(This article was first published in 2022. It has been republished from The Quint's archives in light of the Rajasthan Assembly passing the Right to Health Bill on 21 March.)
Delivering on a political promise made in 2013, the Ashok Gehlot-led Rajasthan Assembly passed the Right to Health Bill on Tuesday, 21 March, a radical health policy measure – in a move towards universal healthcare.
Targeting a population of 7.8 crore, these measures guarantee free treatment for all. Given that health expenditure continues to be a major burden for households, this is a step, if not a stride, towards access to equitable healthcare.
The (NHS), the United Kingdom’s flagship universal healthcare programme, was introduced in 1948 after a bitter winter and years of economic austerity. Facilities had to be prepared, and tens of thousands of health workers were to be trained. But there was another interesting effect. The unmet healthcare needs of thousands of people could suddenly be met.
In 1947, a year before the NHS's implementation, doctors issued 70 lakh prescriptions per month. This number nearly tripled to 1.9 crore in 1951. Over the decades, ensuring quality care has become a central tenet of the NHS.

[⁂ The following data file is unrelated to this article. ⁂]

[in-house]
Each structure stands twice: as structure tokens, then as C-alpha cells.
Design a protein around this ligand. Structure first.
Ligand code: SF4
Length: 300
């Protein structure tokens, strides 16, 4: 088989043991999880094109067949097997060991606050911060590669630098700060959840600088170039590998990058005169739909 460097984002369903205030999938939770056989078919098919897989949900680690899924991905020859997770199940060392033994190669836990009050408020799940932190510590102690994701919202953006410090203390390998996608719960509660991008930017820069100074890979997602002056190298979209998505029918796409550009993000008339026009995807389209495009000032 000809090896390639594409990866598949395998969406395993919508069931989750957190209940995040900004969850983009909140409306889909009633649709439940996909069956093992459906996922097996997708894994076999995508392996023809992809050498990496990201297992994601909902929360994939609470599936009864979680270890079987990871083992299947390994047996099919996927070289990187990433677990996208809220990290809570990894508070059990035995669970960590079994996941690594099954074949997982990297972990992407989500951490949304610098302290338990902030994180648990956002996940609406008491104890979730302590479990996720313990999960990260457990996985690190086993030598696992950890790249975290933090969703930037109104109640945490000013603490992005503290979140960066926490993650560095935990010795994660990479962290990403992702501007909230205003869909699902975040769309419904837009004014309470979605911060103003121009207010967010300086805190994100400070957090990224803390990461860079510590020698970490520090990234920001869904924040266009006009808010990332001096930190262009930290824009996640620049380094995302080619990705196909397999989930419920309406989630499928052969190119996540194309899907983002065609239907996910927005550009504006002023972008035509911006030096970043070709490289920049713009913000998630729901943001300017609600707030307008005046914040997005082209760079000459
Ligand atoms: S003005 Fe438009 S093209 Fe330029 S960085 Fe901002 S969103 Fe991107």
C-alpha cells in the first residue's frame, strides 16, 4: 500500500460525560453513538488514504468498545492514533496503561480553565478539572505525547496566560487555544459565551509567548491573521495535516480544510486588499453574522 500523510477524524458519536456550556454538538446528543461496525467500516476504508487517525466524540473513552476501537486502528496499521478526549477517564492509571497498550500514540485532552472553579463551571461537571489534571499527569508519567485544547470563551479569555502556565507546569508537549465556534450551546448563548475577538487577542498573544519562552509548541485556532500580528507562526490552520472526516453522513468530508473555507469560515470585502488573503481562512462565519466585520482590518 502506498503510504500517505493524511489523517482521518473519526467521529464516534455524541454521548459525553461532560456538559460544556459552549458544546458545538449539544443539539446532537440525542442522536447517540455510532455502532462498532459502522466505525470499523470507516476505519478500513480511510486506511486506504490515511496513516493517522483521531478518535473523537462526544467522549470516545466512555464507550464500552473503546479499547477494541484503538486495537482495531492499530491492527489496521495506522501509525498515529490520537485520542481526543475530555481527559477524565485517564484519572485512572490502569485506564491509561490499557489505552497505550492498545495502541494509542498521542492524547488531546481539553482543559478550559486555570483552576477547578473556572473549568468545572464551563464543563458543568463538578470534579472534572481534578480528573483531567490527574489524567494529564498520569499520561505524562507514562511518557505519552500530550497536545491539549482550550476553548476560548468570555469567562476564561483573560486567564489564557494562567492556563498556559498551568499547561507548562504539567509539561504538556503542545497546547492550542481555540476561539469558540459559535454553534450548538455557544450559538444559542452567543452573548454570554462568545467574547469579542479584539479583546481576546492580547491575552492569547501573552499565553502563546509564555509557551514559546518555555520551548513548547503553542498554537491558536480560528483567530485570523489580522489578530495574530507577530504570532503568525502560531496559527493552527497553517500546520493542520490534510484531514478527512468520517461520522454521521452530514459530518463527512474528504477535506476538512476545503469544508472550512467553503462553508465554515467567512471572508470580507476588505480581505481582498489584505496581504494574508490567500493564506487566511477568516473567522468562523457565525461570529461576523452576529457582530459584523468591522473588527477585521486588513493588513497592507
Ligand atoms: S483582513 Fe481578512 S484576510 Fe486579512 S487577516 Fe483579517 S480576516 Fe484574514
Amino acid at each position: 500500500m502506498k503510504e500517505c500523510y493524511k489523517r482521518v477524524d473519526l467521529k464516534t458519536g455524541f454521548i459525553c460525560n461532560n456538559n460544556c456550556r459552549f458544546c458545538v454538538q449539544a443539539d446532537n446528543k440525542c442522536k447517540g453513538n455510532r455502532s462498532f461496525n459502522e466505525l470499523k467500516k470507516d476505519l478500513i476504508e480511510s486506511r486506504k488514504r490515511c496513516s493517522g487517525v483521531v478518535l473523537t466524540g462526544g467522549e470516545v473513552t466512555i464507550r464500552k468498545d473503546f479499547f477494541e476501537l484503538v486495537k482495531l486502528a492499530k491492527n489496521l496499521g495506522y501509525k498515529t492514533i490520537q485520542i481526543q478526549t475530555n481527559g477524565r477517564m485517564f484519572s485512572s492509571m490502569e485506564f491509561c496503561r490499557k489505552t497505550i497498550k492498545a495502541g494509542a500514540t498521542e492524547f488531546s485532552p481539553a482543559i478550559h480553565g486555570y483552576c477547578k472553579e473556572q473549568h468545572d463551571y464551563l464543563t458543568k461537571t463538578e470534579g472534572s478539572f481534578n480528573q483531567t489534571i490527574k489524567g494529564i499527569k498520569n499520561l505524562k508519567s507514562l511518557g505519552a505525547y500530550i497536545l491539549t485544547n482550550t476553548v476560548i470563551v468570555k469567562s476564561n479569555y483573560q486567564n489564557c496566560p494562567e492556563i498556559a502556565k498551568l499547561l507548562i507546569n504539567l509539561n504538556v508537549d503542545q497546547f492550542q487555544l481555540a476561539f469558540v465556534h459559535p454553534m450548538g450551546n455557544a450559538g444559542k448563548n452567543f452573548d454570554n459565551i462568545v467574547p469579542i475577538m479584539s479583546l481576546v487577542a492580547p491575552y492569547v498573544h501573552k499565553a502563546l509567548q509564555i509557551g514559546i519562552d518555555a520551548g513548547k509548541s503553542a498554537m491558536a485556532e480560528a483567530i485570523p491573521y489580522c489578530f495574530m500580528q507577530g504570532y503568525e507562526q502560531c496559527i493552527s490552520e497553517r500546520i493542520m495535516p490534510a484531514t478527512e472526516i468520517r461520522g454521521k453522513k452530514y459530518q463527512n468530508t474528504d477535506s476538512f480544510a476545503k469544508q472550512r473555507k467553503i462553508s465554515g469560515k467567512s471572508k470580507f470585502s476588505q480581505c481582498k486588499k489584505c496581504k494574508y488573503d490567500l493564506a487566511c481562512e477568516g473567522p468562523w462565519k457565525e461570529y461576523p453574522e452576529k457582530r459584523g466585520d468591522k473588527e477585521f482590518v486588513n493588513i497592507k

Rajasthan faces a similar challenge only 74 years later.
The article draws its insights from interviews with health workers and patients in rural areas of district Udaipur and its blocks Girwa, Gogunda, and Badgaon, which make up more than half the district’s population.
It becomes quickly evident that the government must shift focus. With tests and treatments now free, the change in health aspirations of people will soon demand more than just free treatment – quality care – which will become the rubric of its success.
Improvements in Medicine Supply, but Missing Staff
Positive things first. Comparing the findings from the , tests and medicine supply continue to remain available at a village level. In fact, the range and availability of medicine supply and testing equipment have seen a marked, positive change.
At the village health sub-centre (SC) level, the first point of contact, essential tests like blood haemoglobin, sugar, and even malaria tests are largely available. Medicines for common ailments like analgesics or essential supplements such as iron and folic acid (IFA) tablets are commonly found, crucial for the health of pregnant women.